No changes for 'gay panic': Bleijie
FURTHER law reform to stop the use of "non-violent homosexual advances" as a basis for a provocation defence in murder or assault court cases in Queensland has been ruled out.
Attorney-General Jarrod Bleijie told APN he had requested a brief from the department on the issue and would consider the recommendations but this week confirmed he would not make any further amendments "at this time".
Joel Oborn told a national audience at the live Q&A show in Toowoomba last month the potential use of so-called "gay panic defence" for abuse, assault and discrimination made him "feel unsafe in my own state".
Queensland's Criminal Code has a partial defence of provocation which could be used to reduce a conviction from murder to manslaughter where an accused person claimed they were provoked into committing the act.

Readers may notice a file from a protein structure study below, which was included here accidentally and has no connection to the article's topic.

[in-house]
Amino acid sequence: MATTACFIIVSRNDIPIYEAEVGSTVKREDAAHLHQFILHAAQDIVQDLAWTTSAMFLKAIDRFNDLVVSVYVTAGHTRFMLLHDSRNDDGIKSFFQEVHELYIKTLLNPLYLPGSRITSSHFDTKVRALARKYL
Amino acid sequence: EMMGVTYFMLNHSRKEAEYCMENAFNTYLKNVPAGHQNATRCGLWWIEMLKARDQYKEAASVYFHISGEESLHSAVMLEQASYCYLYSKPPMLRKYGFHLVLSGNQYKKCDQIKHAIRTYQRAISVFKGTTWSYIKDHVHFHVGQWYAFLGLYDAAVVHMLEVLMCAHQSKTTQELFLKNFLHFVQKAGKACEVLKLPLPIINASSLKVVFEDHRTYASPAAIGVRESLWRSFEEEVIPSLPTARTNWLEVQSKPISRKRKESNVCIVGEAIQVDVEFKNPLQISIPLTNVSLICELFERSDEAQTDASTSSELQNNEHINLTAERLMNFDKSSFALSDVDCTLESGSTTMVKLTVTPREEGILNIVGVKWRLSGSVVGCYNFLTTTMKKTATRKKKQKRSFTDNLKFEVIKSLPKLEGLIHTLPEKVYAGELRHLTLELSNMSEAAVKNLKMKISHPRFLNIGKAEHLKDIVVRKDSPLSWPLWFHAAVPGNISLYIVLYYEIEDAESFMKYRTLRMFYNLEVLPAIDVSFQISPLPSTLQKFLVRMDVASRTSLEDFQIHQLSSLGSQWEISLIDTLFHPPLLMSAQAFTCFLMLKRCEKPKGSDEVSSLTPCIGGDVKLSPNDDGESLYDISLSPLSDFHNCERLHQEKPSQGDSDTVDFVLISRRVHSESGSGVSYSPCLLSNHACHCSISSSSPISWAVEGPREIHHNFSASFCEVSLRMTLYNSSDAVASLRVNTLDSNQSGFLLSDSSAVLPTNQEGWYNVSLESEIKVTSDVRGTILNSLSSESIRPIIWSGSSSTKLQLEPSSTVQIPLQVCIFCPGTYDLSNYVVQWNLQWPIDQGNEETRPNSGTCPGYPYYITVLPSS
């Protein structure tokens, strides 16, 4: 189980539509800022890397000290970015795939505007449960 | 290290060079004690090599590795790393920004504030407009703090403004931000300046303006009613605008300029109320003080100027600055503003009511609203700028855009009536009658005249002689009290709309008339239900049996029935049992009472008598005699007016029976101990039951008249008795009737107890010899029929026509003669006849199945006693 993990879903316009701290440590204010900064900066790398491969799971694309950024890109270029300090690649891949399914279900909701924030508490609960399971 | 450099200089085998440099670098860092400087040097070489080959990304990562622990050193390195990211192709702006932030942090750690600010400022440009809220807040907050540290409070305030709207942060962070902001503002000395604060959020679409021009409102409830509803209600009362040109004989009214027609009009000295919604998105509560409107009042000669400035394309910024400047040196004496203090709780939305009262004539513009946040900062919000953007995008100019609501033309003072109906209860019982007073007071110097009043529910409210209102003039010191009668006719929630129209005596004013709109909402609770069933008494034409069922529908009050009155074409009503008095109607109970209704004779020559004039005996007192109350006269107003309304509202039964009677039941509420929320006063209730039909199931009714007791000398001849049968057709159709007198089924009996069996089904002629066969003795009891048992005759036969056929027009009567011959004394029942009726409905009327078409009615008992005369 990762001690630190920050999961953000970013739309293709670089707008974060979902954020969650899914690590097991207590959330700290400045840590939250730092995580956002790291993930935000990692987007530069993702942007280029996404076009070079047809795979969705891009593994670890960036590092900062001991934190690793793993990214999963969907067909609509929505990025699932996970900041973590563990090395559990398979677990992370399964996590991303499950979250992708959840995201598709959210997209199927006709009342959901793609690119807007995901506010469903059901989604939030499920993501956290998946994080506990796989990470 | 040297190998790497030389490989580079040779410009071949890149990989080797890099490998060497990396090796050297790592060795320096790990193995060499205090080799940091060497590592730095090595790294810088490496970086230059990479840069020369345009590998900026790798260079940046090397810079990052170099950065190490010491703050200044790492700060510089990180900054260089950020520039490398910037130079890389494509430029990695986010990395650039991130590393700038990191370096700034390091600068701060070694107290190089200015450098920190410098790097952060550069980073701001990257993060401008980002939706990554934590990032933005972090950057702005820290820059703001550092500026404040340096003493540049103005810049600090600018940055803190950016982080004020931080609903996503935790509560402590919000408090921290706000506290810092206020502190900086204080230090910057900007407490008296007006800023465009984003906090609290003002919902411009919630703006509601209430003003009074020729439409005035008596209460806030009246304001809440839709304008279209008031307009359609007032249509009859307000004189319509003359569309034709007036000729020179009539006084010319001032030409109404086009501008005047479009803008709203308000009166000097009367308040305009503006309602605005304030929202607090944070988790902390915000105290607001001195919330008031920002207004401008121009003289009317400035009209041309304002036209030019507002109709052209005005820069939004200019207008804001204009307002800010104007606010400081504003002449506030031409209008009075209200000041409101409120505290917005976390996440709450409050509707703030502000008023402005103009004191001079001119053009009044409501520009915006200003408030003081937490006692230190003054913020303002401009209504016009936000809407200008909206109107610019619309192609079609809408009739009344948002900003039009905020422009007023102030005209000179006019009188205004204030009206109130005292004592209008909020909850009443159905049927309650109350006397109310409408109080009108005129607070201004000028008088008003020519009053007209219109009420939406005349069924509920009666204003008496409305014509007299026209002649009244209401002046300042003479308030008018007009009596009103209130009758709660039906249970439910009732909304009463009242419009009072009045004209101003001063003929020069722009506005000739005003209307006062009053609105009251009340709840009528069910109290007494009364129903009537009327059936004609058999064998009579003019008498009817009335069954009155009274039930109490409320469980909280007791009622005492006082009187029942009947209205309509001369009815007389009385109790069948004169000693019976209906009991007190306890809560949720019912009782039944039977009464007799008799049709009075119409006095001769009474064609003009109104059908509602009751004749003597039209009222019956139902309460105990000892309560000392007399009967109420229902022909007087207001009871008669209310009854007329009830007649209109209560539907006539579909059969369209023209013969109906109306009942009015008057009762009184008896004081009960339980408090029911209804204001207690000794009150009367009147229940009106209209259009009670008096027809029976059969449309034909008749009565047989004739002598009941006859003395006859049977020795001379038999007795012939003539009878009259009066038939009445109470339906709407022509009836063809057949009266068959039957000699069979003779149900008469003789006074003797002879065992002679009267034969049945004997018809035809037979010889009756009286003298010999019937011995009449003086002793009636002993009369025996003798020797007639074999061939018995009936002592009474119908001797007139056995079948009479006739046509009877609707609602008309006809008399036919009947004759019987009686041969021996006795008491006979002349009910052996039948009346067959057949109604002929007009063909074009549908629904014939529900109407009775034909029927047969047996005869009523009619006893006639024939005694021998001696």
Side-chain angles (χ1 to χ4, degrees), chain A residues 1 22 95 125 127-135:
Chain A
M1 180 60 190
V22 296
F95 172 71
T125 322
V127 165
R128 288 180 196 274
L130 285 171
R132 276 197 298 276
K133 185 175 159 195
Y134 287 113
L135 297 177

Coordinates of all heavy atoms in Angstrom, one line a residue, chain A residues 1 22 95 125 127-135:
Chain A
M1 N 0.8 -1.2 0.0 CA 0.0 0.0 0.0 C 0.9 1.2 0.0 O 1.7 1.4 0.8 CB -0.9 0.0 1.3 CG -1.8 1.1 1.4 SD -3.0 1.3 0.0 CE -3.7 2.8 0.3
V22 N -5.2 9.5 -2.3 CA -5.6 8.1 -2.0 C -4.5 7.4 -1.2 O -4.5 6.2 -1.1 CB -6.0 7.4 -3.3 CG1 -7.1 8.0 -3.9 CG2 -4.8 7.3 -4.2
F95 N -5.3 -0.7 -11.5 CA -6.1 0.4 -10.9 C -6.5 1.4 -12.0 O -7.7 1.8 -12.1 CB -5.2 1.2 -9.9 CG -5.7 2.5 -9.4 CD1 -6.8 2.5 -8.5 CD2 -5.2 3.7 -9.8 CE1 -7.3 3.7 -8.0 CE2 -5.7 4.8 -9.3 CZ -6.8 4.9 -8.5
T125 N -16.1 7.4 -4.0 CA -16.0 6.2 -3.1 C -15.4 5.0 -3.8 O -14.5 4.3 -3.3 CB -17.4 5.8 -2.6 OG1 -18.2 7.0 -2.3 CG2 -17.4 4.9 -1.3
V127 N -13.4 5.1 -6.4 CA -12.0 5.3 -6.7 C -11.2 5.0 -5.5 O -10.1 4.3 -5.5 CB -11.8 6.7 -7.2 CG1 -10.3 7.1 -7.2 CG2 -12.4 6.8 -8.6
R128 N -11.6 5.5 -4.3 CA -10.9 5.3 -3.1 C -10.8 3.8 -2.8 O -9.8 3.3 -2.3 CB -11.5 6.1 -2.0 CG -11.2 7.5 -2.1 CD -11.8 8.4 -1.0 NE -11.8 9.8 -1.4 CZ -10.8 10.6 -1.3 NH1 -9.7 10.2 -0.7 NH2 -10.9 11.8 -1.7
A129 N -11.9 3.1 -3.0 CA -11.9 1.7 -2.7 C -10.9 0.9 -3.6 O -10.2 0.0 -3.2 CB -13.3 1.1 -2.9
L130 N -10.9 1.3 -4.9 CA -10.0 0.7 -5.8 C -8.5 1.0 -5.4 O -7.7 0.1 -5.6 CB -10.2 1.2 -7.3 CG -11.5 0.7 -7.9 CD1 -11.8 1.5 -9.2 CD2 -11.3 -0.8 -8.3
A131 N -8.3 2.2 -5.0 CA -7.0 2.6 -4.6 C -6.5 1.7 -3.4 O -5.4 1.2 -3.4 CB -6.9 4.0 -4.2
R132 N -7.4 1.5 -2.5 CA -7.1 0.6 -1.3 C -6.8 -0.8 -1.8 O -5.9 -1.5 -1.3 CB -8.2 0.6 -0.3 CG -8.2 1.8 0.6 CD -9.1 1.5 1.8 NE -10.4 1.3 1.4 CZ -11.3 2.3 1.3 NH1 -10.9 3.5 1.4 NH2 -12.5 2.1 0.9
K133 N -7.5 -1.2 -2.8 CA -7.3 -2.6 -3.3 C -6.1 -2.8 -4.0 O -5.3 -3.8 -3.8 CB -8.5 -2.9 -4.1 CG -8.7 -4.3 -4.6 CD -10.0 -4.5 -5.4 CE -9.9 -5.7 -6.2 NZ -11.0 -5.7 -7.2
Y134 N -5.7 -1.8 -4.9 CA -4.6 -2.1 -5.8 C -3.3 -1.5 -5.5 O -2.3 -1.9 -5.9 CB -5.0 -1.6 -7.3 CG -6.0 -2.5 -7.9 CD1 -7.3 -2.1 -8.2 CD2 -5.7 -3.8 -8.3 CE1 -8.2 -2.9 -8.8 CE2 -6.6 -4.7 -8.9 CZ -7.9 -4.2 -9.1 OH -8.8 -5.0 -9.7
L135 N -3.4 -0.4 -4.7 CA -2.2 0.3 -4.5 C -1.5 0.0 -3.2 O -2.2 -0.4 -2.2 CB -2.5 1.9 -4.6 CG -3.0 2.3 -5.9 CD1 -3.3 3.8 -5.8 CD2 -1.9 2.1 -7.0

The gay community raised concerns with the former government that this could be used if a victim claimed someone made a homosexual advance towards them and provoked them.
The Queensland Legislative Assembly already voted in 2011 to amend section 304 redefine the provocation defence so it could not be used based on words alone, other than in extreme circumstances.
But former attorney-general Paul Lucas had committed to changing the wording of the law further in January after recommendations from a special committee established in November, 2011, after the gay community raised concerns.
The recommendation from retired Court of Appeal Judge John Jerrard said homosexual advocacy groups PFLAG and the LGBTI Legal Service were concerned about homophobic or unsympathetic juries.
There is now a petition to have the law further amended at www.change.org/petitions/eliminate-the-gay-panic-defence-from-queensland-law-gaypanic.
Mr Bleijie said it was important to understand the defence of provocation was not based on sexuality and was open to any Queenslander.
"The laws were strengthened making provocation as a whole harder to establish as a defence," he said.
"To date, these strengthened provocation laws have not been used in a murder trial and only took effect in April, 2011.
"The LNP remains tough on crime, however, given these laws are yet to be tested, does not intend to make any further amendments to the provocation defence at this time."